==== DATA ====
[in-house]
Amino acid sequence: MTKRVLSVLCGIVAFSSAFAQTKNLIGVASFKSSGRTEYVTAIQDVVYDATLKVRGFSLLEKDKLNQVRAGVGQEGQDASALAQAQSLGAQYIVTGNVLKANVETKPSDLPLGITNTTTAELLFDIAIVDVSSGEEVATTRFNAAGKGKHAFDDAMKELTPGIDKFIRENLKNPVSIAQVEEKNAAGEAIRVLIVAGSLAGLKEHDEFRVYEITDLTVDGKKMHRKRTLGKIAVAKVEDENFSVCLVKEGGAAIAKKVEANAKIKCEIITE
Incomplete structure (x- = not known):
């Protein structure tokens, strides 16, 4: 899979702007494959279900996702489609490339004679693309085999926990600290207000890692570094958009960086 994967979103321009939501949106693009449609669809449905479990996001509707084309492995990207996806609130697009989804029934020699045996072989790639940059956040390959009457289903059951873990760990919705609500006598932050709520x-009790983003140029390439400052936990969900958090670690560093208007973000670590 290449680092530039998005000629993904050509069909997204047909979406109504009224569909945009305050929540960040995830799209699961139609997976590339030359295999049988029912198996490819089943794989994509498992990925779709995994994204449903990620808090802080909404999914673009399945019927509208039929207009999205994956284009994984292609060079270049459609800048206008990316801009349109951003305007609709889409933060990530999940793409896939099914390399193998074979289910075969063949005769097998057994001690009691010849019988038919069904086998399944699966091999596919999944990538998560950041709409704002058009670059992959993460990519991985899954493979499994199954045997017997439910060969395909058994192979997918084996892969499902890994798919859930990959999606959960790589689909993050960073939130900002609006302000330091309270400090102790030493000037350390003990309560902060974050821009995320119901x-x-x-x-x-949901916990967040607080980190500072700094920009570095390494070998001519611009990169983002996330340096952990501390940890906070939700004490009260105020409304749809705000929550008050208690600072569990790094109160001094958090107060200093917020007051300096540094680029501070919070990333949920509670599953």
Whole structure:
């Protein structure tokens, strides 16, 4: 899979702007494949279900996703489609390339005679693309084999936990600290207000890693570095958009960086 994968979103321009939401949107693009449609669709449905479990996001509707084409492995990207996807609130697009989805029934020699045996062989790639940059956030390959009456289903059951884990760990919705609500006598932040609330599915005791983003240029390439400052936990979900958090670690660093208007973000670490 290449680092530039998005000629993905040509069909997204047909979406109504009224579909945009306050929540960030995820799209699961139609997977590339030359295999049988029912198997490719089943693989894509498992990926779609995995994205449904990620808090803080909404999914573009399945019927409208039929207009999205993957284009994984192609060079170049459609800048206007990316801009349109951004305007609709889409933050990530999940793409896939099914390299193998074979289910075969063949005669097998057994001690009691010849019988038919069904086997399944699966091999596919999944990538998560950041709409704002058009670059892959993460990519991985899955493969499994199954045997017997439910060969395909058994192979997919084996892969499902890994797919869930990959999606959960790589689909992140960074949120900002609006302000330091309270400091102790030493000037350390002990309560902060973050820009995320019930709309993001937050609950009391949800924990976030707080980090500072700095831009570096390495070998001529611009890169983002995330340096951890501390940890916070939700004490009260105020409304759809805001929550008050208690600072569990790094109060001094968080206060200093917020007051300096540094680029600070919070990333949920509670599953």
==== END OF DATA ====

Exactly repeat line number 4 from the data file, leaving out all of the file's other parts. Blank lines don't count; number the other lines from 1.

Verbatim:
């Protein structure tokens, strides 16, 4: 899979702007494959279900996702489609490339004679693309085999926990600290207000890692570094958009960086 994967979103321009939501949106693009449609669809449905479990996001509707084309492995990207996806609130697009989804029934020699045996072989790639940059956040390959009457289903059951873990760990919705609500006598932050709520x-009790983003140029390439400052936990969900958090670690560093208007973000670590 290449680092530039998005000629993904050509069909997204047909979406109504009224569909945009305050929540960040995830799209699961139609997976590339030359295999049988029912198996490819089943794989994509498992990925779709995994994204449903990620808090802080909404999914673009399945019927509208039929207009999205994956284009994984292609060079270049459609800048206008990316801009349109951003305007609709889409933060990530999940793409896939099914390399193998074979289910075969063949005769097998057994001690009691010849019988038919069904086998399944699966091999596919999944990538998560950041709409704002058009670059992959993460990519991985899954493979499994199954045997017997439910060969395909058994192979997918084996892969499902890994798919859930990959999606959960790589689909993050960073939130900002609006302000330091309270400090102790030493000037350390003990309560902060974050821009995320119901x-x-x-x-x-949901916990967040607080980190500072700094920009570095390494070998001519611009990169983002996330340096952990501390940890906070939700004490009260105020409304749809705000929550008050208690600072569990790094109160001094958090107060200093917020007051300096540094680029501070919070990333949920509670599953």